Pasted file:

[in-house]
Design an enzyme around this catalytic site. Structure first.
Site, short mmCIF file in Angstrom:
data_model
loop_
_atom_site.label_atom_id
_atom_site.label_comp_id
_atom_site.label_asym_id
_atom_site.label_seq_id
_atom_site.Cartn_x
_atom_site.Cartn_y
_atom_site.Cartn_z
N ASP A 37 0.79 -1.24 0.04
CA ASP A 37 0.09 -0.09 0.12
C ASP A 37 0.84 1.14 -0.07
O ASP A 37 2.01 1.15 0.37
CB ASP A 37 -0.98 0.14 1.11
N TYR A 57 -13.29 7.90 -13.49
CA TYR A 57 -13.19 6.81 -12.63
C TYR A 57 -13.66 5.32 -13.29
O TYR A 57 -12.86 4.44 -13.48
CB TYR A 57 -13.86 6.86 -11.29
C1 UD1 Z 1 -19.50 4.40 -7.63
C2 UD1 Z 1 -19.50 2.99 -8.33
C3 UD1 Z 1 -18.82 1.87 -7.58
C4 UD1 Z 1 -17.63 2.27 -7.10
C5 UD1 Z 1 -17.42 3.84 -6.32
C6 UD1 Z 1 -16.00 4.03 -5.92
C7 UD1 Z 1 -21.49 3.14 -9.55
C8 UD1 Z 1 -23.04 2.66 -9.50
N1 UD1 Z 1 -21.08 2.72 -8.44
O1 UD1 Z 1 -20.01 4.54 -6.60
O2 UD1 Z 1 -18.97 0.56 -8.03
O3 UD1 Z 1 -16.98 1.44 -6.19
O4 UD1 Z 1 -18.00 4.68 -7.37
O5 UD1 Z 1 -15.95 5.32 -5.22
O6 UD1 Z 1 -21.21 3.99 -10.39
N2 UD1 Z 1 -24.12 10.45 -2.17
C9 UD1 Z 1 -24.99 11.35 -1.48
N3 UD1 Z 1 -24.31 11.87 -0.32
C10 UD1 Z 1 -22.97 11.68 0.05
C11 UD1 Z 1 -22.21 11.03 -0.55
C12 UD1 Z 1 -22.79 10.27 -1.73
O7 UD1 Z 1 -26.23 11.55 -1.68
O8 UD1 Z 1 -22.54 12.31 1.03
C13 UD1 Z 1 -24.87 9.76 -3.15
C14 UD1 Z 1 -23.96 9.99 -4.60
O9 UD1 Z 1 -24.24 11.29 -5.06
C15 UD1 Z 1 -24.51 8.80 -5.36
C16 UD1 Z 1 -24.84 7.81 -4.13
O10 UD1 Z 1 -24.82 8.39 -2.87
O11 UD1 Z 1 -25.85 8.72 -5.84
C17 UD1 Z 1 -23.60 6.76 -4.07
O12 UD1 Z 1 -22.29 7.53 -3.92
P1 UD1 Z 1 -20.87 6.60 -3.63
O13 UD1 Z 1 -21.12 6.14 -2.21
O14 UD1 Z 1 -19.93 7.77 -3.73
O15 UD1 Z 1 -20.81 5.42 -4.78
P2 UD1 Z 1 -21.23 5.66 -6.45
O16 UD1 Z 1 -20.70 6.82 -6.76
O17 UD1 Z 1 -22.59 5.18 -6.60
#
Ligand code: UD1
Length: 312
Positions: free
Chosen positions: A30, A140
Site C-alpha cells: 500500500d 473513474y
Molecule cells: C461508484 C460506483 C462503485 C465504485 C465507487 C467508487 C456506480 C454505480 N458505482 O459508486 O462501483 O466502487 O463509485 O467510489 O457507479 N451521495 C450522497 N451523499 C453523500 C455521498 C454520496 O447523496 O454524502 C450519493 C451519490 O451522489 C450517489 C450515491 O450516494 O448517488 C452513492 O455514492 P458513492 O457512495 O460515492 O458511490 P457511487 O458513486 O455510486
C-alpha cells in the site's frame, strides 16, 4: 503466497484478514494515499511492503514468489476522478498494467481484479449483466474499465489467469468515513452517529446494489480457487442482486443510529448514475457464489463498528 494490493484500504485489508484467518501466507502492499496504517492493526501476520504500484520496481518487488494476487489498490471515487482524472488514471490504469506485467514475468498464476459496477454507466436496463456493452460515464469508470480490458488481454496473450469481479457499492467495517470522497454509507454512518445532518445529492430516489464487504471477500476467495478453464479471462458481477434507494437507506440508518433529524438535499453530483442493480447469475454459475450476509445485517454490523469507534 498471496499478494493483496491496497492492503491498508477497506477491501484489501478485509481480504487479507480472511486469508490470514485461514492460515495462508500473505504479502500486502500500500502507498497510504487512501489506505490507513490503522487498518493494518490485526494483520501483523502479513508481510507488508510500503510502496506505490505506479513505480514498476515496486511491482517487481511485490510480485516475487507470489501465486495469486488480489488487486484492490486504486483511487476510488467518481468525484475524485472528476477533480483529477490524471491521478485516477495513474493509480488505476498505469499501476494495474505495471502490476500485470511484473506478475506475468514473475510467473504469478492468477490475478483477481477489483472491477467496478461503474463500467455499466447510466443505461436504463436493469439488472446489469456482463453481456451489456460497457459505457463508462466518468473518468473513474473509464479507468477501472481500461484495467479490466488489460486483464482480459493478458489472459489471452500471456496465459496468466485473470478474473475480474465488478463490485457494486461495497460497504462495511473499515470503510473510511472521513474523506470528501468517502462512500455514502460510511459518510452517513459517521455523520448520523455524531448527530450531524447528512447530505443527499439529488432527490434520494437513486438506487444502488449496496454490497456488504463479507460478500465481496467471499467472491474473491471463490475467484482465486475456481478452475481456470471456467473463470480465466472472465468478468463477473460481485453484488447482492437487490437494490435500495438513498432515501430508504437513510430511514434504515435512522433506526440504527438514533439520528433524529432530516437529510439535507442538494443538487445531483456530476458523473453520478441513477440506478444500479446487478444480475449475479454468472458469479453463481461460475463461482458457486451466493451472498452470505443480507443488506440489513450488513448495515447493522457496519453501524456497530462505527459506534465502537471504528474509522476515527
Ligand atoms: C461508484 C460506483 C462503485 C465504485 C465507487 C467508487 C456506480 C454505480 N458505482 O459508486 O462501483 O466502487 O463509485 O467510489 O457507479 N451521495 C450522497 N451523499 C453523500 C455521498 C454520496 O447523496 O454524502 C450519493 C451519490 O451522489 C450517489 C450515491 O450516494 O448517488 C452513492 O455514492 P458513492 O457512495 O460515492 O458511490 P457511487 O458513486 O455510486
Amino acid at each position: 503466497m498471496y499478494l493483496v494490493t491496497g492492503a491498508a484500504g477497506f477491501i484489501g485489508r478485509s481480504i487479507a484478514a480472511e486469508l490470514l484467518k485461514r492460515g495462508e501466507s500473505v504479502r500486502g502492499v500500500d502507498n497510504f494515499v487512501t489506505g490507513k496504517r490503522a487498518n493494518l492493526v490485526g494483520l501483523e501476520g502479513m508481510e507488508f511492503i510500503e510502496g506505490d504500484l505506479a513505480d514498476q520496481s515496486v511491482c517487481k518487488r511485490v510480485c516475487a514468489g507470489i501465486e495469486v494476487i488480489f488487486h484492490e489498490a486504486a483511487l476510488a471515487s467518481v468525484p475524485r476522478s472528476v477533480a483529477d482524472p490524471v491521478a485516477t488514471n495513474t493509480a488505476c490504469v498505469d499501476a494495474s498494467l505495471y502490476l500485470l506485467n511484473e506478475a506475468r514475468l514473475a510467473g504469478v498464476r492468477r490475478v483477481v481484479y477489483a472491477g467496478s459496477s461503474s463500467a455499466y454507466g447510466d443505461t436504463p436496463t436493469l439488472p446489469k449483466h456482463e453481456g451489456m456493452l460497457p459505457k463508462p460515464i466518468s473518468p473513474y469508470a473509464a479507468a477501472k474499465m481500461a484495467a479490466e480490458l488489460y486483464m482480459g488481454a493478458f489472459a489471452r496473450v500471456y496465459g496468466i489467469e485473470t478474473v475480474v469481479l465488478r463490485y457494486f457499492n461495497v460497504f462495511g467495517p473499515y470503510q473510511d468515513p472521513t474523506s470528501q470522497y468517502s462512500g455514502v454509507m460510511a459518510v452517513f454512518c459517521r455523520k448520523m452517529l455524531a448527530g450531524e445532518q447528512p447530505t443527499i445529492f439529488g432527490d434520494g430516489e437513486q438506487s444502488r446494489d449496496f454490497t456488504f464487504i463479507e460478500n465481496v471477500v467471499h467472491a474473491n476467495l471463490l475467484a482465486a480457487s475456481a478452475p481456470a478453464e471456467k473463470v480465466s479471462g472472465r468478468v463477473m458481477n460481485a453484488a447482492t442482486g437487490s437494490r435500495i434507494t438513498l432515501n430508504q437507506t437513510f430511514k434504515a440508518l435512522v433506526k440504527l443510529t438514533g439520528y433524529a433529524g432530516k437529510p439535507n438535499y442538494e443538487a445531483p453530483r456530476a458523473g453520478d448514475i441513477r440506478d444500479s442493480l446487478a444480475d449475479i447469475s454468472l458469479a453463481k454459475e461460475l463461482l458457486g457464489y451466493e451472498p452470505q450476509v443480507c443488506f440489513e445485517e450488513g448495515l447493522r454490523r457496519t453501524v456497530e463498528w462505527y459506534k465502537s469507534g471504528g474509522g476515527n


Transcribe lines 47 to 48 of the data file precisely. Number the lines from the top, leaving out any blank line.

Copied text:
C14 UD1 Z 1 -23.96 9.99 -4.60
O9 UD1 Z 1 -24.24 11.29 -5.06